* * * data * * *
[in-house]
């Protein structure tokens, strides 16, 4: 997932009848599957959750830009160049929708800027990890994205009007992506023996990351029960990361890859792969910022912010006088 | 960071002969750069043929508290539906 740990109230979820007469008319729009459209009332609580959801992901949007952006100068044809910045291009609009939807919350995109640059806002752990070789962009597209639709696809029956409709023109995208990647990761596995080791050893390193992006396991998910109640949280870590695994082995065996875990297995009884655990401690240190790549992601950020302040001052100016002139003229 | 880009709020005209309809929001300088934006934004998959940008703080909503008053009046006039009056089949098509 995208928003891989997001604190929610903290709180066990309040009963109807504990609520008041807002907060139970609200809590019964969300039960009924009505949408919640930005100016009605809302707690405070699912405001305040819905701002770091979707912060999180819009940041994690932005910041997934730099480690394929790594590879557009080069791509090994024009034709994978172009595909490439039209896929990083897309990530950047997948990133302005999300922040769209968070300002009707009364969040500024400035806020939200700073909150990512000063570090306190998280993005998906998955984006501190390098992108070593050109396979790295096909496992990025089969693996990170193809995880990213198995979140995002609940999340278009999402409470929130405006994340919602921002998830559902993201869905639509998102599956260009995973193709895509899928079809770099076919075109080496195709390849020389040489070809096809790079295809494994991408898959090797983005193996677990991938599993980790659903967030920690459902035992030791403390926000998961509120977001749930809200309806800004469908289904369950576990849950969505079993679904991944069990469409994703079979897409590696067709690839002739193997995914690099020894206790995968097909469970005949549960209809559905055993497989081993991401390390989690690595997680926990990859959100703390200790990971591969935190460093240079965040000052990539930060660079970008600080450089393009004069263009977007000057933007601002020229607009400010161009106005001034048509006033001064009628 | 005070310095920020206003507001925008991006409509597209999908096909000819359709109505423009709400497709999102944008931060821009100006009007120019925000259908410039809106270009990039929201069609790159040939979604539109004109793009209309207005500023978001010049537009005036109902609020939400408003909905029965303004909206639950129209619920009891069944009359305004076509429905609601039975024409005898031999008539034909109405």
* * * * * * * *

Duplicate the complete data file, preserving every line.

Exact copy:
[in-house]
């Protein structure tokens, strides 16, 4: 997932009848599957959750830009160049929708800027990890994205009007992506023996990351029960990361890859792969910022912010006088 | 960071002969750069043929508290539906 740990109230979820007469008319729009459209009332609580959801992901949007952006100068044809910045291009609009939807919350995109640059806002752990070789962009597209639709696809029956409709023109995208990647990761596995080791050893390193992006396991998910109640949280870590695994082995065996875990297995009884655990401690240190790549992601950020302040001052100016002139003229 | 880009709020005209309809929001300088934006934004998959940008703080909503008053009046006039009056089949098509 995208928003891989997001604190929610903290709180066990309040009963109807504990609520008041807002907060139970609200809590019964969300039960009924009505949408919640930005100016009605809302707690405070699912405001305040819905701002770091979707912060999180819009940041994690932005910041997934730099480690394929790594590879557009080069791509090994024009034709994978172009595909490439039209896929990083897309990530950047997948990133302005999300922040769209968070300002009707009364969040500024400035806020939200700073909150990512000063570090306190998280993005998906998955984006501190390098992108070593050109396979790295096909496992990025089969693996990170193809995880990213198995979140995002609940999340278009999402409470929130405006994340919602921002998830559902993201869905639509998102599956260009995973193709895509899928079809770099076919075109080496195709390849020389040489070809096809790079295809494994991408898959090797983005193996677990991938599993980790659903967030920690459902035992030791403390926000998961509120977001749930809200309806800004469908289904369950576990849950969505079993679904991944069990469409994703079979897409590696067709690839002739193997995914690099020894206790995968097909469970005949549960209809559905055993497989081993991401390390989690690595997680926990990859959100703390200790990971591969935190460093240079965040000052990539930060660079970008600080450089393009004069263009977007000057933007601002020229607009400010161009106005001034048509006033001064009628 | 005070310095920020206003507001925008991006409509597209999908096909000819359709109505423009709400497709999102944008931060821009100006009007120019925000259908410039809106270009990039929201069609790159040939979604539109004109793009209309207005500023978001010049537009005036109902609020939400408003909905029965303004909206639950129209619920009891069944009359305004076509429905609601039975024409005898031999008539034909109405």